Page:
If you can keep your head when all about you
Are losing theirs and blaming it on you;
If you can trust yourself when all men doubt you,
But make allowance for their doubting too:
If you can wait and not be tired by waiting,
Or, being lied about, don't deal in lies,
Or being hated don't give way to hating,
And yet don't look too good, nor talk too wise;


If you can dream---and not make dreams your master;
If you can think---and not make thoughts your aim,
If you can meet with Triumph and Disaster
And treat those two impostors just the same:.
If you can bear to hear the truth you've spoken
Twisted by knaves to make a trap for fools,
Or watch the things you gave your life to, broken,
And stoop and build'em up with worn-out tools;

If you can make one heap of all your winnings
And risk it on one turn of pitch-and-toss,
And lose, and start again at your beginnings,
And never breathe a word about your loss:
If you can force your heart and nerve and sinew
To serve your turn long after they are gone,
And so hold on when there is nothing in you
Except the Will which says to them: "Hold on!"

If you can talk with crowds and keep your virtue,
Or walk with Kings---nor lose the common touch,
If neither foes nor loving friends can hurt you,
If all men count with you, but none too much:
If you can fill the unforgiving minute
With sixty seconds' worth of distance run,
Yours is the Earth and everything that's in it,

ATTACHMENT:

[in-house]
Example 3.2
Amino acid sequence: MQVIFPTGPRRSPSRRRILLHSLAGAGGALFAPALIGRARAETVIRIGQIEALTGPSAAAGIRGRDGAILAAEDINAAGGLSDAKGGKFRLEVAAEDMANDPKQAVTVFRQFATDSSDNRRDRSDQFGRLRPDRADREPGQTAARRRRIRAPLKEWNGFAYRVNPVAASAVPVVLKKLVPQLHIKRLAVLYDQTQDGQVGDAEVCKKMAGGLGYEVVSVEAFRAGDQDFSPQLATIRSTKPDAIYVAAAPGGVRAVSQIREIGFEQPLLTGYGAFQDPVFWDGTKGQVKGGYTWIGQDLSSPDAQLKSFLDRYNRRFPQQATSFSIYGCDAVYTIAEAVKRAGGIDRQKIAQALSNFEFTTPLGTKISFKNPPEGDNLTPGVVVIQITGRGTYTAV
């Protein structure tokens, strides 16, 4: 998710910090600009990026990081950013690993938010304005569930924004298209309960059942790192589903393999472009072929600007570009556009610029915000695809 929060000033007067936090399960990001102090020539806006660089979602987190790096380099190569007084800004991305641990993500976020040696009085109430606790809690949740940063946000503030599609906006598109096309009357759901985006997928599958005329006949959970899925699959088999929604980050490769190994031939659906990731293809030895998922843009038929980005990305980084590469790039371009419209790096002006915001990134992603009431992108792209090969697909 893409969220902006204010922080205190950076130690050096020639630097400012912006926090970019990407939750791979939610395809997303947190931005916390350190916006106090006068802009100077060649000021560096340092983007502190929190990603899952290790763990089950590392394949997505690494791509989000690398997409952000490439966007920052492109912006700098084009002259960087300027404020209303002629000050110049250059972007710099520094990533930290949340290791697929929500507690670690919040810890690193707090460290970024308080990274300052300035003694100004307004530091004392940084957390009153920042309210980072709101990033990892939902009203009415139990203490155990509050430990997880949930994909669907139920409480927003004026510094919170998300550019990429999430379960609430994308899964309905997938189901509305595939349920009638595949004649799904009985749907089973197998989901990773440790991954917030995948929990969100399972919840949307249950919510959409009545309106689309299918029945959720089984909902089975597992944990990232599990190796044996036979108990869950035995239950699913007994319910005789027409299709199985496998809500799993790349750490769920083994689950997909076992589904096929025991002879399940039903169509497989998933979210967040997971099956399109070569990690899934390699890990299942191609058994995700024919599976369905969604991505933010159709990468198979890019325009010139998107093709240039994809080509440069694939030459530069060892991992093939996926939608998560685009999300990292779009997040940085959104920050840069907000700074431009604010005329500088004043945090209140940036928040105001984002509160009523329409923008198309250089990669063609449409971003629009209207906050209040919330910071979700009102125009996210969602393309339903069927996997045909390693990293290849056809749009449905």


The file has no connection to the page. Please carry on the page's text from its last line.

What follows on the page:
And---which is more---you'll be a Man, my son! The poems I will be looking at are.... 'If' by Rudyard Kipling, debateably one of Kipling's best And.... 'When Earth's last picture is painted' fortitude of charachter honesty patience paradox be optimistic when things go wrong, and don't give up (perseverance) tolerate people, even at the worst of times don't be cockey in the face of triumph, yet don't be put down in the face of disaster it is okay to hope, and to try, but be realistic in the approach, and do not make that your life's work rise above people, and do what you know is right. do not be provoked into wrong actions, know your self worth yet do not become conceited do not loose self respect, do what you have to do, without going about it the wrong way (don't be boastful) bit of rhyming there enjambment(throughout) sensible, calm rhyme scheme , expresses seriosness of poem The poet rudyard kipling is frequently found getting high on weed and watching homosexual porno be ambitious, yet realistic evaluate things in life, but that doesnt mean you hesitate or forsee everything face both accomplishments and defeat... ...yet be both humble and gracious in both circumstances being able to tolerate and ignore those who twist your words, for silly and gullable people to believe to bear your life's works being demolished , yet get down and pick them up again have the courage to gamble what you gain, just like that... but loose, and just start again never saying or referring to anything about your defeat if you can do what it takes and put in the energy and force keep on going, till the death